I am happy for you that you recognize and embrace your need for human affirmation. I was conveying the foundation or framing of your last para “failure to find a secure intellectual legacy isn’t a problem. More so, it’s an opportunity to establish animal rights as a basis for a fundamentally new way of thinking, one that’s able to synthesize the best that these traditions have to offer while laying the basis for something new under the sun” was lacking and is a much richer topic. If you find a way to confront and eliminate speciesism that will be the ultimate prize and legacy of humanism and I will applaud.

        Without being defensive, I am not asking that humanism be marginalized, I just don’t like the monopoly it enjoys. True, Haraway and Wolfe also have issues with humanism, but they more or less see it as a form of exceptionalism and oppression. In Jon Sanbonmatsu’s anthology on Critical Theory and Animal Liberation, Ziporah Weisberg writes about a transformative hope for humanism as confronting its own treatment toward animals through an ordered ontology of being which I argue is false hope. Again, I hope you can change this paradigm, my presence on this blog comment section is proof I am both curious and hopeful that someone like you can show a humanist way out of animal oppression. Tough love

  2. John t maher says:

    “Last para”.iPhone keeps changing the text. Apologies to all for that

  3. Tom says:

    “The problem, though, is that deep ecology too often yields to shallow environmentalism, leading to such utter drivel as the idea that we can save the earth by grazing cattle and drinking raw milk.”

    This line is borderline inspirational but more likely just a very well done articulation of reality.

  4. Keith Akers says:

    The Enlightenment? I don’t think so.

    I’d suggest that any serious investigation of the history of veganism needs to start with Chinese and Indian Buddhism. It’s a tough subject because there’s not very much in English. Almost as bad, the Buddhists are no help at all — they’re trying to be “modern” and integrate with the West, so typically cover up their vegetarian / vegan past. Another problem is that in pre-modern times the use of farm animals even by those with a vegan diet is extremely hard to avoid. You’ll have to define veganism pretty carefully.

    There are some other problems. Like, what was the so-called “enlightenment” really about, the impact of fossil fuels and the industrial revolution, what is “veganism” really, etc. etc. — it would take some time to explain why each of these is a problem. But dealing with Chinese Buddhism is a good place to start.

    • Ellen K says:

      Just wanted to put a clear pitch in for the Jain Buddhists as well (included implicitly under Indian? Sorry if I’m in error, typing off the top of my head)

      Will Tuttle, in his bio in World Peace Diet, helped me appreciate the role of my adopted town of Concord/Lincoln, MA, about which he says there must be something in the water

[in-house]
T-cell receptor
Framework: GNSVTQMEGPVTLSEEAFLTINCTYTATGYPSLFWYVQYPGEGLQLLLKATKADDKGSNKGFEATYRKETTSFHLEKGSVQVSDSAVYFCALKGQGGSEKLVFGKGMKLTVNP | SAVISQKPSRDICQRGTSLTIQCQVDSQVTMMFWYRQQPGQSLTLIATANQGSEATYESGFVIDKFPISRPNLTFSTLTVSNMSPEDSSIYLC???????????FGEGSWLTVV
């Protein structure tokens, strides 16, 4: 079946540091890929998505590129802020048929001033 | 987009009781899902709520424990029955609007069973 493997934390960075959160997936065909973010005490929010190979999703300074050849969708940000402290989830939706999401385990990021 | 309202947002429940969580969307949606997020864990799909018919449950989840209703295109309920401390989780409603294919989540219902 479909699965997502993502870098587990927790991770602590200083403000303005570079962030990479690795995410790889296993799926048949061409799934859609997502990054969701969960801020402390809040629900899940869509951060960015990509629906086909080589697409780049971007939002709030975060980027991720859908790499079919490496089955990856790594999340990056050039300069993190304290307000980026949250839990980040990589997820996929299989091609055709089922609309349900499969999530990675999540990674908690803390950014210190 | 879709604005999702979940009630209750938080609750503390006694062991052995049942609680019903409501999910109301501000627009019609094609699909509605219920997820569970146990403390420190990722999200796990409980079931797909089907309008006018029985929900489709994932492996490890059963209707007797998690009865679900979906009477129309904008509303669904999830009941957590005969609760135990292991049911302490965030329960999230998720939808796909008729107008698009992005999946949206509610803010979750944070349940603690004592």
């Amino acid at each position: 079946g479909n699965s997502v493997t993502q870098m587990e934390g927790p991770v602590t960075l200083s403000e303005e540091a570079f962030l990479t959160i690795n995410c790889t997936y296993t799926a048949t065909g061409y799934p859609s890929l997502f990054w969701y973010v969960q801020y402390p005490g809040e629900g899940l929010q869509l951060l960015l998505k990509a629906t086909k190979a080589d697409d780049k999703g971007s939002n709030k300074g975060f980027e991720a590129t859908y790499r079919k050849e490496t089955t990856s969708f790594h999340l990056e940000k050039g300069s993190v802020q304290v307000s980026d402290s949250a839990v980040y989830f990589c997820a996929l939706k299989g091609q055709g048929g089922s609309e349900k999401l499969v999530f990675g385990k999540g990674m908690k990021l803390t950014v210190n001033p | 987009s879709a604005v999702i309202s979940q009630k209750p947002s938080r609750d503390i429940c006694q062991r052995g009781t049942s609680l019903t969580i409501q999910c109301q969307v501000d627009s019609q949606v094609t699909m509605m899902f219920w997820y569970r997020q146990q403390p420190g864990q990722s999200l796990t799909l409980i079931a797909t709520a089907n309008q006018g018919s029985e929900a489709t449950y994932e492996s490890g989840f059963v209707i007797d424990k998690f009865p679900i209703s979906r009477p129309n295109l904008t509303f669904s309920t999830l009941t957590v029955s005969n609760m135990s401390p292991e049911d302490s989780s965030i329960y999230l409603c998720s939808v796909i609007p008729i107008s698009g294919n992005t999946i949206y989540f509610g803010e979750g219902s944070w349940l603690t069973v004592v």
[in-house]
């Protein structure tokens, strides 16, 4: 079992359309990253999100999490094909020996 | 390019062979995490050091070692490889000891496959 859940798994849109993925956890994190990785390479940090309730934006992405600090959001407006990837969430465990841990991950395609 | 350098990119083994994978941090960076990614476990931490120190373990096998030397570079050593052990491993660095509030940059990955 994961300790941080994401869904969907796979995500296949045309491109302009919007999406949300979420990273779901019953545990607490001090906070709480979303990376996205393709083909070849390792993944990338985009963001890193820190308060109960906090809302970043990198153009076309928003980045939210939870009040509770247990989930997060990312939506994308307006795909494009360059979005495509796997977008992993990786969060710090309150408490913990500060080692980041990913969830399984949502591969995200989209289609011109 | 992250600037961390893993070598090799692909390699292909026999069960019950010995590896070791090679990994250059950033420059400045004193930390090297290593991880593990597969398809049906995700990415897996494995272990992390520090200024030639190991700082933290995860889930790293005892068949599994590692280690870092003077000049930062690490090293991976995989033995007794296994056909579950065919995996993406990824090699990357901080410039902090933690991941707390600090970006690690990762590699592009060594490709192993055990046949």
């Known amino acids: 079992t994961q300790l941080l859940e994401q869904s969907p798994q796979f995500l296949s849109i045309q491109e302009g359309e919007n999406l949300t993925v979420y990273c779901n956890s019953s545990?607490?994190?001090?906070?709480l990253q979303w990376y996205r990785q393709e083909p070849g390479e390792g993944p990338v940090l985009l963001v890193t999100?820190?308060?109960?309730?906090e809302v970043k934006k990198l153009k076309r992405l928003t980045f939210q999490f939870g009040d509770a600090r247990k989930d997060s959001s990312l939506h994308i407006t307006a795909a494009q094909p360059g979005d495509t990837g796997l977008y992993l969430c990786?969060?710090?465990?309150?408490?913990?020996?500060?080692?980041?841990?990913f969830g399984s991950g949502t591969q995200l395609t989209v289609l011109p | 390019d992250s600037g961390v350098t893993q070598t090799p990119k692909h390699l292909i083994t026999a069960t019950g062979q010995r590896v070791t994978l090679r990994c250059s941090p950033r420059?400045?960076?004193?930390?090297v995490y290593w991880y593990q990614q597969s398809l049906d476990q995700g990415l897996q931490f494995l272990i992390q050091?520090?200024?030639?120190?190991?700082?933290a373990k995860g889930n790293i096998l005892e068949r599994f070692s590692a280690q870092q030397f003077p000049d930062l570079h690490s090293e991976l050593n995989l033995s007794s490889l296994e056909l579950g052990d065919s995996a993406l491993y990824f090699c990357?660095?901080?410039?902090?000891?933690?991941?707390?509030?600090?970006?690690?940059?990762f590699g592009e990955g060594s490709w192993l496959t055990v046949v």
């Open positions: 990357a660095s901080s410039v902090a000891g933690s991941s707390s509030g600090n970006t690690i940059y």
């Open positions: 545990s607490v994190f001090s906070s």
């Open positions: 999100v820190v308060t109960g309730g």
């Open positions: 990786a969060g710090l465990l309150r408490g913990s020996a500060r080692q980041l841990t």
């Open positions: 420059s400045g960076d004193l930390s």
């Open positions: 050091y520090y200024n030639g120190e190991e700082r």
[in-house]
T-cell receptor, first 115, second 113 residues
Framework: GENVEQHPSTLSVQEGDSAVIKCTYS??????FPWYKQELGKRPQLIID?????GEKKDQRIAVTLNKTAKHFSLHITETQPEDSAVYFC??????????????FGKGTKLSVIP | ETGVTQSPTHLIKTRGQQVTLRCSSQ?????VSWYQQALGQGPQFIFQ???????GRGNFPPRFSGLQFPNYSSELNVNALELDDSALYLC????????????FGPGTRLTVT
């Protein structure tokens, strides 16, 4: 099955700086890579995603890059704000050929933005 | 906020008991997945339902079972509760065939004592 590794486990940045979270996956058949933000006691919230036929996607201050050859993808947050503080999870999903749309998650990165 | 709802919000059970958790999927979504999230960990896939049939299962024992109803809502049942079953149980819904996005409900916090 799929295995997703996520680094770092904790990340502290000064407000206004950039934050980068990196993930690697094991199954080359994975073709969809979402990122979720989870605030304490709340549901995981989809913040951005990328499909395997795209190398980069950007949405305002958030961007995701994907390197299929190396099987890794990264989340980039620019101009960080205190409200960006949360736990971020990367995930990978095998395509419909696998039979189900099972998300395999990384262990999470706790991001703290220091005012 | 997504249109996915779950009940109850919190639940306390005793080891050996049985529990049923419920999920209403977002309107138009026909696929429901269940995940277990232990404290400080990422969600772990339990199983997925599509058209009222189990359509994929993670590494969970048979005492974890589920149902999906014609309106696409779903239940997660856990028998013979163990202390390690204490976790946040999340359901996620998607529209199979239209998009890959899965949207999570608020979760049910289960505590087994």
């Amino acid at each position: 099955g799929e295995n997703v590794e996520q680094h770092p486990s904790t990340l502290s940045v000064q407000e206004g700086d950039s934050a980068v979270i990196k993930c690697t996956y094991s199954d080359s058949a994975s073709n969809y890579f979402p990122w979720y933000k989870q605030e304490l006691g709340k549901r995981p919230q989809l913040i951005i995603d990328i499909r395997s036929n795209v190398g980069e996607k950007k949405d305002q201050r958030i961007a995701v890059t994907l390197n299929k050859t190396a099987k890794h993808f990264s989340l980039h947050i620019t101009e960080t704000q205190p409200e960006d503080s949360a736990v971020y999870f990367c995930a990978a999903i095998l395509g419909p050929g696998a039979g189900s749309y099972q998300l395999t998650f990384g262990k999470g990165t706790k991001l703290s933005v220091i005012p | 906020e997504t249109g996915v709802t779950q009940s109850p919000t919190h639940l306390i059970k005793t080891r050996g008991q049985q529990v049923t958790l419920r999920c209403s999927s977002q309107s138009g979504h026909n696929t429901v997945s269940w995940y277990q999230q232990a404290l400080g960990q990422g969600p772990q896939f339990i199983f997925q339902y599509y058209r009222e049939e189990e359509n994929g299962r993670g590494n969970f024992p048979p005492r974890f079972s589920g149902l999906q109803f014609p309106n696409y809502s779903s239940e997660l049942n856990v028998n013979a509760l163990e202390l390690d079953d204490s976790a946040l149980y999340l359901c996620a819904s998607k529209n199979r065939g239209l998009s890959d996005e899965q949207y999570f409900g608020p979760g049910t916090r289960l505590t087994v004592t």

• Keith Akers says:

        Yes, we should really include the Jains as well, followers of Mahavira, and the Hindus. I don’t won’t to discourage anyone from writing the history of veganism, but it really is a vast and complex topic.

        My thought is that by the time Buddhism gets to China, it is clearly vegetarian / vegan. The first historical question to ask would be whether this is because the Buddhist tradition was originally vegetarian / vegan in India, or whether the Chinese Buddhists were starting something new. The Theravadan and Tibetan strains of Buddhism are typically not vegetarian. I’m not the expert here, so the answer could go either way, but this is where I’d start my research.

        In the west, vegetarianism / veganism really got started with Pythagoras, a vegetarian who refused to wear wool. The later “enlightenment” people who were compassionate towards animals may have actually been picking up this up from Pythagoras and the Platonists, who were mostly or entirely vegetarian. Another research topic: is this true?

    • Lori says:

      Let’s not forget Chinese Taoism in the equation too.

  5. Lindsay says:

    Interesting. Though I agree discourses on animal exploitation had been current for several hundred years I was a bit surprised you did not reference the creation of the Vegan Society in the UK in 1944 and how it came out of debates in the Vegetarian Society. http://www.vegansociety.com/about/history.aspx Perhaps the creation of the word ‘vegan’ and the concept that it was a path that needed a name to distinguish it from vegetarianism did not seem as important.

    • Lindsay says:

      I meant to say I agree that the influence of those Buddhists and Hindus who were vegetarian is very relevant.

  6. sdunne1989 says:

    Peter Singer has a pretty good (and brief) essay on why he doesn’t consider himself part of the Deep Ecology movement. Deep Ecologists rely on anthropomorphism and the pathetic fallacy to generate moral value. Singer argues that while a tree can be viewed as having instrumental value for providing homes for animals, absorbing CO2, emitting oxygen, etc., they (at least strongly appear) to lack any kind of sentience or conscious preferences, and so they can never have intrinsic value.

    Not that we should go around chopping down trees without a reason.